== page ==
Prior to microperimetry testing with the S-MAIA device, pupillary dilatation was performed. The S-MAIA performs fundus tracking using a line-scanning laser ophthalmoscope with a super-luminescent diode illumination with a central wave light of 850 nm for mesopic testing and an additional light-emitting diode projecting red (627 nm) stimuli for dark-adapted testing. The dark-adapted testing with red (627 nm) stimuli is more influenced by cone-mediated function, reflecting a mixture of both rod- and cone-mediated responses.24 As previously described, a customized stimulus grid was used that consisted of 33 points located at 0°, 1°, 3°, 5°, and 7° from fixation.25 First, mesopic testing was performed. Patients were not dark-adapted, but the room light was switched off just before the examination. After mesopic testing, patients underwent 30 minutes of dark adaptation while waiting in the examination room (light was switched off, light level was <0.1 lux), and then dark-adapted testing was performed. The microperimetric outcome measure was the global mean sensitivity (in dB) and mean sensitivity at eccentricities of 0°–1°, 3°, 5°, and 7°. All tests were performed in one eye, with the non-study eye covered with an eye patch. 
Automatic Segmentation of Drusen
For automated segmentation of drusen, the pipeline reported by Gorgi Zadeh et al.14 was used. In the first step, this drusen segmentation pipeline automatically segments RPE and BM bands, using a CNN, which transforms an input B-scan into RPE and BM probability maps. For the final hard segmentation of RPE and BM bands, probability maps are converted into cost maps so that pixels with higher probability have lower costs. Dijkstra's algorithm is used to find a path with the minimum accumulated costs from the left to the right of each map.26 The extracted paths are considered as final RPE and BM band segmentation.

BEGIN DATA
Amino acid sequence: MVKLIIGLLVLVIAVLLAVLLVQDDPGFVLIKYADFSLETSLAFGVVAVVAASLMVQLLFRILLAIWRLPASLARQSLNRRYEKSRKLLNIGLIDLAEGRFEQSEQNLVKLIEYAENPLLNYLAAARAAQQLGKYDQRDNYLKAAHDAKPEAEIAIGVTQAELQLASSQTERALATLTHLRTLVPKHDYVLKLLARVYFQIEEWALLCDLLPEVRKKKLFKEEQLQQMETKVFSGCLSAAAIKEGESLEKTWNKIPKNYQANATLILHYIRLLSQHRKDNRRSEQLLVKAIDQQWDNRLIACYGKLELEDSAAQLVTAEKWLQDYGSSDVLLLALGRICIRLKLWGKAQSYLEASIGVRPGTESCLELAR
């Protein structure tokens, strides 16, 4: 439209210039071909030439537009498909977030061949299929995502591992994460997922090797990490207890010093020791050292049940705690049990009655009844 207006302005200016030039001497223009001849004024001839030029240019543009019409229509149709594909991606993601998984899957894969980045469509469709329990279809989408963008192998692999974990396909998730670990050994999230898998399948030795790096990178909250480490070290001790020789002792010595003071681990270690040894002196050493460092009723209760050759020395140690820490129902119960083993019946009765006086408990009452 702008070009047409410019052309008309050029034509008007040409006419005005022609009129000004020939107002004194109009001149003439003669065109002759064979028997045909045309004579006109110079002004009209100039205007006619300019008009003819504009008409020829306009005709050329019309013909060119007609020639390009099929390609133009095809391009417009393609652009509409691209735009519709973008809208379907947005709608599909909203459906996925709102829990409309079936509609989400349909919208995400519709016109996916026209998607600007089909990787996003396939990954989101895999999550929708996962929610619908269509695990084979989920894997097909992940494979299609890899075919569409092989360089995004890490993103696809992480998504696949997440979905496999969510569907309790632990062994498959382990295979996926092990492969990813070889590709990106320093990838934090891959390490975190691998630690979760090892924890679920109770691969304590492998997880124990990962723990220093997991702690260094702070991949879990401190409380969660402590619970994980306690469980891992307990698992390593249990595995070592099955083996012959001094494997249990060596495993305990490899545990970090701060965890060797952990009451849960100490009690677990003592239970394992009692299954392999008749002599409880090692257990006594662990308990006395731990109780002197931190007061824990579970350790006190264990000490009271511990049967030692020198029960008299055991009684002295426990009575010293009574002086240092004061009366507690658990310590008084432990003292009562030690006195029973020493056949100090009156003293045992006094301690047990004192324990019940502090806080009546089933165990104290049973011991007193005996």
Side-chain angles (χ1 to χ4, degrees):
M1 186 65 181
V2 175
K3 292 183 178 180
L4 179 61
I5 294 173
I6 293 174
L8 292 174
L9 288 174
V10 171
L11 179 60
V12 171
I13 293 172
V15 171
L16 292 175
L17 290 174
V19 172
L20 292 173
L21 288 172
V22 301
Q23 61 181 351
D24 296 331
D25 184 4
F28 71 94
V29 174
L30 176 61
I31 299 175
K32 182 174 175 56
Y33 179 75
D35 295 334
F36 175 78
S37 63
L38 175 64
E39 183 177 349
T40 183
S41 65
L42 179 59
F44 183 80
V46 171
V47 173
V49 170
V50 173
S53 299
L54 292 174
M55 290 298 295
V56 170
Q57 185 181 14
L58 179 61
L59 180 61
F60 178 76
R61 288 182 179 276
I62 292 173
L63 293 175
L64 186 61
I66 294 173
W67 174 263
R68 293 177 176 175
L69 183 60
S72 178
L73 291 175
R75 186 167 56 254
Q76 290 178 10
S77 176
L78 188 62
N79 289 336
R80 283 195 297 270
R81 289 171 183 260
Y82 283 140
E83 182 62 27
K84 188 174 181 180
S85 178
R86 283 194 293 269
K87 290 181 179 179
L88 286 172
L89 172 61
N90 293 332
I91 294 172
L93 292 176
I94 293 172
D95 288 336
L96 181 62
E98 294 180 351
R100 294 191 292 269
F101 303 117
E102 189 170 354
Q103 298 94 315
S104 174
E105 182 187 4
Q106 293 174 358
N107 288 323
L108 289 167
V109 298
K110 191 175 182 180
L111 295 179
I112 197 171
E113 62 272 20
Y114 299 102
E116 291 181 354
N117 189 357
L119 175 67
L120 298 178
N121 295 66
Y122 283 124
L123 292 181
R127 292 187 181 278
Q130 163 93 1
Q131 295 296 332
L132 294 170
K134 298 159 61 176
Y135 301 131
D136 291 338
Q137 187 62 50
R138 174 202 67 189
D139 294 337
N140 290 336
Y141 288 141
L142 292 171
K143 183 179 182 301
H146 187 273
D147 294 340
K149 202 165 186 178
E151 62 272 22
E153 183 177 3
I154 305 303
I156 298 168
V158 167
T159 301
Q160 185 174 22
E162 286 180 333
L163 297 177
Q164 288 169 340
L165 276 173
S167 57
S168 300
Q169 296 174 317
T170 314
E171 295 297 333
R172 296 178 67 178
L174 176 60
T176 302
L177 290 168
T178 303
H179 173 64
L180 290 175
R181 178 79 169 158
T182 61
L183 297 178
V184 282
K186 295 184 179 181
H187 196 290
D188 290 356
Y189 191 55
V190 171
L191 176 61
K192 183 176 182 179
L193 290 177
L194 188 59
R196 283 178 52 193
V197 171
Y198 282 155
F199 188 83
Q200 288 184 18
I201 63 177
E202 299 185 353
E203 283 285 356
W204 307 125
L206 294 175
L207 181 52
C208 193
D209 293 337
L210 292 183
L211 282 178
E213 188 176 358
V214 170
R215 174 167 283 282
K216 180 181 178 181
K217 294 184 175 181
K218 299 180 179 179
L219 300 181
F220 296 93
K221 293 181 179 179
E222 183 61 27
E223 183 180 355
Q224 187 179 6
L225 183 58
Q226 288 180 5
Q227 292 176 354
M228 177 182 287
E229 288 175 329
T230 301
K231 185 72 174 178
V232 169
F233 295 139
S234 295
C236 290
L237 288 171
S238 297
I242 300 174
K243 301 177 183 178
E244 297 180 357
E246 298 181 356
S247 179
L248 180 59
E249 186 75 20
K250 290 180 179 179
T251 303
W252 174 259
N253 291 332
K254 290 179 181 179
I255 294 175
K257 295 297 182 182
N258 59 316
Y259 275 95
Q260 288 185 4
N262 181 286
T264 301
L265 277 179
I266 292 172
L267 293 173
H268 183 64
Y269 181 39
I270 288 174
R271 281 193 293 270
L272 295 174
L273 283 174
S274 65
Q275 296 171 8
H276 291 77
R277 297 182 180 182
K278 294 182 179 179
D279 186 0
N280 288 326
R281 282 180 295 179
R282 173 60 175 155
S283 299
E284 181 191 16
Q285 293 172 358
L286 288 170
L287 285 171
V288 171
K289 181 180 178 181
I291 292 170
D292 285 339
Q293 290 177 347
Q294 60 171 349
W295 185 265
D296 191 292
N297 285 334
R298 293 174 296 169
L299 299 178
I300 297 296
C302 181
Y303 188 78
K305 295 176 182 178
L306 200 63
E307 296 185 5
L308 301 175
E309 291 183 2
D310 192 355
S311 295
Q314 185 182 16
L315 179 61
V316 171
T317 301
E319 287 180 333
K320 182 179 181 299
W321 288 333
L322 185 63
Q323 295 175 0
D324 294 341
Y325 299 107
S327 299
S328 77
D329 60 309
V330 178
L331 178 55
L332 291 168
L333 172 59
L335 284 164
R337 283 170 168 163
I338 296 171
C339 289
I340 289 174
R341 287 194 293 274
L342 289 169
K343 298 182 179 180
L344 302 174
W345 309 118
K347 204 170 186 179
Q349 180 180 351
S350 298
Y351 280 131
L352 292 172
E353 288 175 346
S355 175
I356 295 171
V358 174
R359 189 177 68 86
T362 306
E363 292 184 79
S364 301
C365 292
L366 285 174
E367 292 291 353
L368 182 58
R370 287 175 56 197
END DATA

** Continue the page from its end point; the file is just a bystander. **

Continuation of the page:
In the second step, an ideal (normal) RPE is estimated through a rectification of RPE and BM bands.14 In the rectification step, both RPE and BM are shifted vertically and column-wise until the BM band becomes a straight horizontal line, then a low-degree polynomial is fitted on the shifted RPE band and transformed back into the original image coordinates and is regarded as the drusen-free RPE. Finally, any area between the RPE and drusen-free RPE is classified as drusen. To eliminate falsely detected drusen, those with a height of 2 pixels or less are removed from the final segmentation. More details on the automated drusen segmentation pipeline can found in the Supplementary Material
Statistical Analysis
Descriptive statistics were performed to assess baseline demographic variables for the AMD groups and controls. Due to the sample size, most results were not normally distributed (by the Shapiro–Wilk test), so non-parametric tests were used for analysis. The Kruskal–Wallis test was used for group comparisons. Pairwise differences were calculated using the nonparametric Wilcoxon rank-sum test. The relationship between drusen volume and demographic variables was assessed with univariate linear regression. In the overall cohort, separate univariate linear regression models against drusen volume were performed for each of the visual functional tests. If the relationship between a functional test and average person measures reached a P < 0.05 in univariate analysis, multiple regression was used to ensure that the findings were not confounded by different demographic characteristics across groups. Statistical analyses were performed using the statistical software SPSS Statistics (IBM, Armonk, NY, USA ).27 P < 0.05 was considered statistically significant.